Back Pain Questions About Minimally Invasive Spine Surgery Answered
Minimally invasive spine surgery helps improve patient outcomes
What do you tell patients who experience back pain?
If the patient did not sustain a significant injury (eg, fall, automobile accident), but simply developed back pain—a common occurrence, such as a “weekend warrior”—most likely they will improve on their own. I may recommend an oral over-the-counter (OTC) anti-inflammatory drug combined with light stretching after a brief period of rest. Although rest may help relieve back pain, days of bed rest should be avoided. Rather, I want the patient to be as active as possible.
If back pain doesn't go away or worsens, the patient should see their healthcare provider, such as their primary care physician (PCP). The patient’s PCP may recommend an OTC or prescription anti-inflammatory medication, physical therapy, and/or chiropractic treatment. If symptoms do not improve, a referral to physical medicine rehabilitation (physiatrist) or pain management specialist is recommended before a surgical consultation.
Even the patients we evaluate in our spine center, over 95% are treated without surgery. Most patients get better with a short course of over-the-counter anti-inflammatory agents, ice, and a brief period of rest followed by stretching and moderate exercise.
When do you typically recommend spine surgery?
Keep in mind—of the approximately 5% of patients who need surgical treatment—very few require urgent spine surgery.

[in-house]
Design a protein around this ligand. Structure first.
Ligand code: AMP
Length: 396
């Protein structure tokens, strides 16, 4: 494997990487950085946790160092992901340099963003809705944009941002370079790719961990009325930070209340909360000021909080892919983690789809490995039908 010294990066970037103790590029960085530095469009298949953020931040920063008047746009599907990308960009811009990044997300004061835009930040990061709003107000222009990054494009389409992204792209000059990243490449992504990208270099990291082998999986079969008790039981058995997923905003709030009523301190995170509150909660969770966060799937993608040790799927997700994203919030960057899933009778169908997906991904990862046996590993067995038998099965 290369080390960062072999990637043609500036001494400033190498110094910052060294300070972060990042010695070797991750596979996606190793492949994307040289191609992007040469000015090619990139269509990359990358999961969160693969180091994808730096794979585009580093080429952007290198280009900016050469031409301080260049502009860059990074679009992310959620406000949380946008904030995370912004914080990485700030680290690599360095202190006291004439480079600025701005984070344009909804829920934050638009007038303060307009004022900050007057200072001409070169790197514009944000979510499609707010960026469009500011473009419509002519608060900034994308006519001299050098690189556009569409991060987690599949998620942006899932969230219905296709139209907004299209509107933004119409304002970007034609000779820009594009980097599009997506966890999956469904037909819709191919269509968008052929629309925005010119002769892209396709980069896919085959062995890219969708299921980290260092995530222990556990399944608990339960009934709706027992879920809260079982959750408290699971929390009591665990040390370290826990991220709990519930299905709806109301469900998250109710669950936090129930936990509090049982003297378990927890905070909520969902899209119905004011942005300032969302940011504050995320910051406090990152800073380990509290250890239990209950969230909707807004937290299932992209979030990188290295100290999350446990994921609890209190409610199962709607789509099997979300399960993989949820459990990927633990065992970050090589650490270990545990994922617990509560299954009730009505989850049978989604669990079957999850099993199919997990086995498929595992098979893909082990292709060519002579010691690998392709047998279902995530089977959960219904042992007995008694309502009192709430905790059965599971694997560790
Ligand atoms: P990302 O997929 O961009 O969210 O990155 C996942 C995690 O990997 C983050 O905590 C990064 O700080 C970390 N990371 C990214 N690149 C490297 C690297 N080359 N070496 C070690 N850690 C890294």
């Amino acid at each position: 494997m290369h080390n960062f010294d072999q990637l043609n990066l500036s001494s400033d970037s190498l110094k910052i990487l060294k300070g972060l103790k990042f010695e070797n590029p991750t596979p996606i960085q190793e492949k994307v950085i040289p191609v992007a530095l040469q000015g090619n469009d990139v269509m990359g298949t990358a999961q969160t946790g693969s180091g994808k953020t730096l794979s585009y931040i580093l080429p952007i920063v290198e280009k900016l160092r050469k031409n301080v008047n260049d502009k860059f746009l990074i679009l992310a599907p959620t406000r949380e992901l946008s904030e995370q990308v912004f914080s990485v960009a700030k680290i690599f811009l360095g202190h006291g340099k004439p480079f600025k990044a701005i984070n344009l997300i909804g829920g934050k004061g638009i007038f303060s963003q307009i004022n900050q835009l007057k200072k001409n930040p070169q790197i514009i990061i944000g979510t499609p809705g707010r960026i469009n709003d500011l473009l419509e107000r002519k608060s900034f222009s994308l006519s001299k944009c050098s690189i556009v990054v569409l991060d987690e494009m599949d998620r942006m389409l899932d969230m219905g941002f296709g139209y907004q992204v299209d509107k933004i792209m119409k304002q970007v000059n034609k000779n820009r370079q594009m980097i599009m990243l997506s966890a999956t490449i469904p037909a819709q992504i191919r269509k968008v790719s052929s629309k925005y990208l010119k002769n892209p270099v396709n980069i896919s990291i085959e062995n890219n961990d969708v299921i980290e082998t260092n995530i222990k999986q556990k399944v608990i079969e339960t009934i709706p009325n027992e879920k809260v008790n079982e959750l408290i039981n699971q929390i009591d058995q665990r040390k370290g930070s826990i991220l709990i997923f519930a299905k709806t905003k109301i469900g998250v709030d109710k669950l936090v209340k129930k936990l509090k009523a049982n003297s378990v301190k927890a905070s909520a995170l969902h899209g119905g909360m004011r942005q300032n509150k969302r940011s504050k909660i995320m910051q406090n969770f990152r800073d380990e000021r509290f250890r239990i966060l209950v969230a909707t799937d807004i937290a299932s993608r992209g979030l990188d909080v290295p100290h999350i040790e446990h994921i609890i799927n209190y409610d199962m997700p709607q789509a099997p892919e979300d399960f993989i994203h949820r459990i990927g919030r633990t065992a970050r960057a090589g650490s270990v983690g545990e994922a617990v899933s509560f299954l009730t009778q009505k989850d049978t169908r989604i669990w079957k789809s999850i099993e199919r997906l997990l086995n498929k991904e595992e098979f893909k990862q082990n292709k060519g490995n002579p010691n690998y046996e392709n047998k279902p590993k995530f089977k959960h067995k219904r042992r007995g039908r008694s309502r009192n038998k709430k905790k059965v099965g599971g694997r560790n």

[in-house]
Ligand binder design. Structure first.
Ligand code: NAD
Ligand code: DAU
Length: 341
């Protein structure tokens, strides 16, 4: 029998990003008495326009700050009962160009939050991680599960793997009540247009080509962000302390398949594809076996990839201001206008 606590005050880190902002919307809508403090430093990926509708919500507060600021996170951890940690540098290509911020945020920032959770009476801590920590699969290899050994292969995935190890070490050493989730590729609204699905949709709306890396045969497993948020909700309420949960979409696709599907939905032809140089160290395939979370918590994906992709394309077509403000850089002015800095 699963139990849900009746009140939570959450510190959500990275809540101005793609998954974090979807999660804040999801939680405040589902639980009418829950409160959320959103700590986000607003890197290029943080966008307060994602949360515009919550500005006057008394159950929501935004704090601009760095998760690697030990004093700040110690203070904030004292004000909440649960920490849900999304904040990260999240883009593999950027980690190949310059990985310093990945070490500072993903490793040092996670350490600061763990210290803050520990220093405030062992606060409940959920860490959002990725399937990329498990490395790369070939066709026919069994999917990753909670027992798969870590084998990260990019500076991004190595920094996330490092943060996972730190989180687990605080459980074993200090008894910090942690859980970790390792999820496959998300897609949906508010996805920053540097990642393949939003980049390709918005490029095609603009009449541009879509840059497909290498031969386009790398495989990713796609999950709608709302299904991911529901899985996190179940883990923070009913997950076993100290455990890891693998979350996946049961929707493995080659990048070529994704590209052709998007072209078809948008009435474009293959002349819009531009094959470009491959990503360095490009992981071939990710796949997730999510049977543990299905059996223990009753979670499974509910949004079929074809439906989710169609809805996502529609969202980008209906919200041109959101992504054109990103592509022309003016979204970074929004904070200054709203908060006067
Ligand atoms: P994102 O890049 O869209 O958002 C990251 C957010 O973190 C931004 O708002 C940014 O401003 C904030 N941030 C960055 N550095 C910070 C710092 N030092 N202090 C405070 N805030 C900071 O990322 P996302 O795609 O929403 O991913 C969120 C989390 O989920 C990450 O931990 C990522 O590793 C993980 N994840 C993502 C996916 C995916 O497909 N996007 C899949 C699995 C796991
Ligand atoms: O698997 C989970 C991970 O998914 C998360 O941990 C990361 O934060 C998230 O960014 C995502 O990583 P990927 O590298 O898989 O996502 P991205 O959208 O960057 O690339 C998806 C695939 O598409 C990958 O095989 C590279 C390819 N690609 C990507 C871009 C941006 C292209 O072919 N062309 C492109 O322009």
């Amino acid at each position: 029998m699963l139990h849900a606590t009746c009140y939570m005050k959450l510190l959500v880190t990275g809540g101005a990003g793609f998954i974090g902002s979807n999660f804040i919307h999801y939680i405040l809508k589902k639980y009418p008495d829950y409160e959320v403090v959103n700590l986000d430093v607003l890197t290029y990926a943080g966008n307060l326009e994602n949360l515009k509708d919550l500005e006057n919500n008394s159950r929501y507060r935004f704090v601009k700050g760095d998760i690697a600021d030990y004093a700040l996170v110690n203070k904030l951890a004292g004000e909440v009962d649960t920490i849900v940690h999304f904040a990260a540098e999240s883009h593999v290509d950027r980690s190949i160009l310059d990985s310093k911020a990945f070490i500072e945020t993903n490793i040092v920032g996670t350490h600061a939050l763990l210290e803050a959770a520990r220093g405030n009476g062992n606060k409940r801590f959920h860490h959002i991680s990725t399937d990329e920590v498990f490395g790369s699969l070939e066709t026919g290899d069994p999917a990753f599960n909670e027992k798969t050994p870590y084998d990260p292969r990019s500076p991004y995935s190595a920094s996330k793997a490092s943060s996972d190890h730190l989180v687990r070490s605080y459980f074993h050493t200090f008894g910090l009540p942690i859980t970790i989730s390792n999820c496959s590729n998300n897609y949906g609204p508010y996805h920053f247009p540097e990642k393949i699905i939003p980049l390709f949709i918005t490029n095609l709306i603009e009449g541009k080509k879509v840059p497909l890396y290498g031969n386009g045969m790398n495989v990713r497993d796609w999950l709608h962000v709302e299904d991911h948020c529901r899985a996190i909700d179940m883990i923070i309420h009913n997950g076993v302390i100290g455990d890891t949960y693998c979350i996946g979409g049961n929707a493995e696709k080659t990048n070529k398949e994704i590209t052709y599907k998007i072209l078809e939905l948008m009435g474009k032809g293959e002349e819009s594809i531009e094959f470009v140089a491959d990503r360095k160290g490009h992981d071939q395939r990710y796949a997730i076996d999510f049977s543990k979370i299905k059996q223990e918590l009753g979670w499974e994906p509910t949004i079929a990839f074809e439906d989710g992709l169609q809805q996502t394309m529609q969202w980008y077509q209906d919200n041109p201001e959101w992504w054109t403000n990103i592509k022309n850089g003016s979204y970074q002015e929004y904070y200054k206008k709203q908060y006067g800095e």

Most patients are treated with conservative treatments, such as spinal injections and organized physical therapy. If a course of conservative treatment does not improve the patient’s symptoms, and/or neurologic problems co-exist or develop with back pain, then a surgical recommendation may be considered. By “neurologic problems," I mean back pain that travels into a leg, numbness, tingling sensations, and/or weakness.
Can all spine surgical procedures be performed using minimally invasive techniques?
Most spine surgeries can be performed using minimally invasive techniques and different approaches to the spine (eg, approach the spine from the front, back, or side of the body).
Please explain how minimally invasive spine surgery can spare traumatic injury to muscles and soft tissues.
The most important benefit of the minimally invasive surgery is not necessarily the size of the incision, but rather how we approach the spine, and the ability to preserve the soft tissues and supporting structures. Among the important structures are the muscles, tendons, and ligaments—especially the multifidus muscles—strong muscles that support the spine.
Minimally invasive (MIS) surgical techniques allow surgeons to spare muscles instead cutting through muscles or stripping them away from the spine’s bones. During a MIS procedure, special small instruments separate soft tissues, such as the multifidus muscle(s), sparing injury to soft supporting tissue that maintains spinal stability.